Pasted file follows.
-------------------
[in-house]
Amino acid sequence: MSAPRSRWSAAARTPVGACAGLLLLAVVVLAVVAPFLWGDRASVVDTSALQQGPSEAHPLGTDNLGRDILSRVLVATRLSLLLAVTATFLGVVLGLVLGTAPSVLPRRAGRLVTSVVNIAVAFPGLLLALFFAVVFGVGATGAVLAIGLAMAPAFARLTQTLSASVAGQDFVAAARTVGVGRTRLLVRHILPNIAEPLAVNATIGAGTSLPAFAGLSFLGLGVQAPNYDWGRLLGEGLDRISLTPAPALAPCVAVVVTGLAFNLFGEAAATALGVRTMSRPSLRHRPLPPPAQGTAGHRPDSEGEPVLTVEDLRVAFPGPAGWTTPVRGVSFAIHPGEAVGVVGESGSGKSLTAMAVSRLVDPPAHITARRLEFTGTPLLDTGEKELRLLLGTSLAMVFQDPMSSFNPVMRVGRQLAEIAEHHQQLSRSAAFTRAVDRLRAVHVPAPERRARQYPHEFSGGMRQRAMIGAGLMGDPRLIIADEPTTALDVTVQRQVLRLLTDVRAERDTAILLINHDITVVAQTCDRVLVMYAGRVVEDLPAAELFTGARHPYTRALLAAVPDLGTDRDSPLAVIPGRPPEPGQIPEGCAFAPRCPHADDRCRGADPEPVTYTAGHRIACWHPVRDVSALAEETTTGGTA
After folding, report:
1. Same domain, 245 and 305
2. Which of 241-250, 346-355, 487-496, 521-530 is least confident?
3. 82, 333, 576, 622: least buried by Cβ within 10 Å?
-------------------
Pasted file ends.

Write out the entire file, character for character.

[in-house]
Amino acid sequence: MSAPRSRWSAAARTPVGACAGLLLLAVVVLAVVAPFLWGDRASVVDTSALQQGPSEAHPLGTDNLGRDILSRVLVATRLSLLLAVTATFLGVVLGLVLGTAPSVLPRRAGRLVTSVVNIAVAFPGLLLALFFAVVFGVGATGAVLAIGLAMAPAFARLTQTLSASVAGQDFVAAARTVGVGRTRLLVRHILPNIAEPLAVNATIGAGTSLPAFAGLSFLGLGVQAPNYDWGRLLGEGLDRISLTPAPALAPCVAVVVTGLAFNLFGEAAATALGVRTMSRPSLRHRPLPPPAQGTAGHRPDSEGEPVLTVEDLRVAFPGPAGWTTPVRGVSFAIHPGEAVGVVGESGSGKSLTAMAVSRLVDPPAHITARRLEFTGTPLLDTGEKELRLLLGTSLAMVFQDPMSSFNPVMRVGRQLAEIAEHHQQLSRSAAFTRAVDRLRAVHVPAPERRARQYPHEFSGGMRQRAMIGAGLMGDPRLIIADEPTTALDVTVQRQVLRLLTDVRAERDTAILLINHDITVVAQTCDRVLVMYAGRVVEDLPAAELFTGARHPYTRALLAAVPDLGTDRDSPLAVIPGRPPEPGQIPEGCAFAPRCPHADDRCRGADPEPVTYTAGHRIACWHPVRDVSALAEETTTGGTA
After folding, report:
1. Same domain, 245 and 305
2. Which of 241-250, 346-355, 487-496, 521-530 is least confident?
3. 82, 333, 576, 622: least buried by Cβ within 10 Å?